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Darknet training shines light on underground criminal activities

04 Aug 2015

Identifying the methods and strategies used by organized crime networks and individuals to avoid detection on the Darknet was the focus of a specialized training course hosted by the INTERPOL Global Complex for Innovation (IGCI).

As part of the training, the first of its kind, INTERPOL’s Cyber Research Lab created its own private Darknet network, private cryptocurrency and simulated marketplace, recreating the virtual ‘underground’ environment used by criminals to avoid detection. Professor Pieter Hartel of TNO was seconded at INTERPOL to set up the training and the lab together with INTERPOL.

Collaboration between TNO and Interpol

During the five-day (27 -31 July) training course, participants role-played as vendors, buyers and administrators to improve their understanding of the technical infrastructure of the Tor network hidden services, the structure of illicit marketplaces, and cryptocurrencies. Exercises also included live law enforcement ‘take downs’ of the simulated market places. “As far as we are concerned, this is not just the start of an intensive and long-term collaboration between TNO and INTERPOL, but importantly also with affiliated police organizations to develop joint knowledge and resources to facilitate a secure society” said Annemarie Zielstra, TNO’s Director of Cyber Security & Resilience.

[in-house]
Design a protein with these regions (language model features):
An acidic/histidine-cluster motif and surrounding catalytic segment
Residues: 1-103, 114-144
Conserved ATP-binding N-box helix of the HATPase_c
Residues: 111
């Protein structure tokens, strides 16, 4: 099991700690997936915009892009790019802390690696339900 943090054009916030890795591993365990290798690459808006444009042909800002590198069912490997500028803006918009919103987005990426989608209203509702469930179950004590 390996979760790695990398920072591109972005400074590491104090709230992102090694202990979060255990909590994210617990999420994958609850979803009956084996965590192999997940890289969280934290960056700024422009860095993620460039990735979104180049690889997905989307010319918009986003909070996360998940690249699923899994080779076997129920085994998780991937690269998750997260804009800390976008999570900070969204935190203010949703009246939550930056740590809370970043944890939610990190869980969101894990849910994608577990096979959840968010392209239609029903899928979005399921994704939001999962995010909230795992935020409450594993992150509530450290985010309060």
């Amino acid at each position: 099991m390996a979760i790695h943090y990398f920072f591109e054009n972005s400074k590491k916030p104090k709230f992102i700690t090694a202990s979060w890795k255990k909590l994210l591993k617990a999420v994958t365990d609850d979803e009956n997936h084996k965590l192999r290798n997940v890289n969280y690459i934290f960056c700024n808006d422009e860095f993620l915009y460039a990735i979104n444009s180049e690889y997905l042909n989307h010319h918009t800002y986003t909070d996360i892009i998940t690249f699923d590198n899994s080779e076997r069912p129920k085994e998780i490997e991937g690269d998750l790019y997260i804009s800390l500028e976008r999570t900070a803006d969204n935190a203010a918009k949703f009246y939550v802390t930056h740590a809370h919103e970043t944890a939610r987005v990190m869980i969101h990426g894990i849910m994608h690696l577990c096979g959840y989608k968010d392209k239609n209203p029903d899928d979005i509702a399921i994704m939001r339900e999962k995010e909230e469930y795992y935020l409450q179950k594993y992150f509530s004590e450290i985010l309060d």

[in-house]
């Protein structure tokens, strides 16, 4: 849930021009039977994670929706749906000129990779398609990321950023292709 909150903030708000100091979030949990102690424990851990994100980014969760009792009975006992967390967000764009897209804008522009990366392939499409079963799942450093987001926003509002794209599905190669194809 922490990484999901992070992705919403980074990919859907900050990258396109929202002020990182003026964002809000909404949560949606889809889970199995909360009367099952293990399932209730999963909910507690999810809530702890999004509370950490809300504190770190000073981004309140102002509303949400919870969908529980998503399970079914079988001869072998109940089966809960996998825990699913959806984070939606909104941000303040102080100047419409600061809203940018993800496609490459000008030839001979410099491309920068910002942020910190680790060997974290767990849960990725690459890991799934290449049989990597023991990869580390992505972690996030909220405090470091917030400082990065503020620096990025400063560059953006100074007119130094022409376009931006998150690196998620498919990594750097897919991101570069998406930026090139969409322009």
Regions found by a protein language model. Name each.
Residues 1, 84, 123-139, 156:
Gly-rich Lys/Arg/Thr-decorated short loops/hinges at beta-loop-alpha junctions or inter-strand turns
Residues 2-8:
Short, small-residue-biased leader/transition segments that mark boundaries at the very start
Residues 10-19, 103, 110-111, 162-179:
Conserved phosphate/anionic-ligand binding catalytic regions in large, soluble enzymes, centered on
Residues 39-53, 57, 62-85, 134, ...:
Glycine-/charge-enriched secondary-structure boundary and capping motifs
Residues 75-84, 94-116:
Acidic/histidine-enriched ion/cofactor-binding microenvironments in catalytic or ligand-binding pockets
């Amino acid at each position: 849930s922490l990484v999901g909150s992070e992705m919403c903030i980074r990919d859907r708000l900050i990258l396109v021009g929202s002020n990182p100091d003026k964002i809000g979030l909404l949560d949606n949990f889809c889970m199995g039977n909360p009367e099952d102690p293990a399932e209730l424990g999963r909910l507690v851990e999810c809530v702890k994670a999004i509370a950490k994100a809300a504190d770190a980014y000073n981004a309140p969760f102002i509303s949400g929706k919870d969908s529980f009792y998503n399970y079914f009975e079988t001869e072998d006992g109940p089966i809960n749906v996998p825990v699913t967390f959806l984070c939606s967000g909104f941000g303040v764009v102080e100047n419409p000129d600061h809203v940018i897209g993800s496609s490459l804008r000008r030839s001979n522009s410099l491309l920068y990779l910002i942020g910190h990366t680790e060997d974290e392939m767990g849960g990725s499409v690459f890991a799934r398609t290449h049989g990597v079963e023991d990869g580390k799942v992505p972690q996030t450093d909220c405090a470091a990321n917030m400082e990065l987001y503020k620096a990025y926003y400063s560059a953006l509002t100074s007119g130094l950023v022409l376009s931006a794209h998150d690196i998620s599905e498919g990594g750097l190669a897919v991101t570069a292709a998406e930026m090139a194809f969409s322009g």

The specialized training provided by INTERPOL equips law enforcement with the understanding and tools they need to take very real action targeting criminals in the virtual world. “This unique course also underlines the added value of the INTERPOL Global Complex for Innovation to our member countries in helping them address emerging crime threats” concluded Mr Oberoi, INTERPOL’s Director of Cyber Innovation and Outreach unit.

The course, co-developed by TNO and INTERPOL, also included the concept of penetration testing marketplaces on a Darknet infrastructure to determine whether a system is vulnerable to attack. Twenty-one representatives from Australia, Finland, France, Ghana, Hong Kong, Indonesia, Japan, Netherlands, Singapore, Sri Lanka, Turkey and Sweden attended the first training session. A second course is scheduled for November in Brussels, with a separate training event also planned for senior law enforcement officers in order to raise awareness of these new threat areas at all policing levels.

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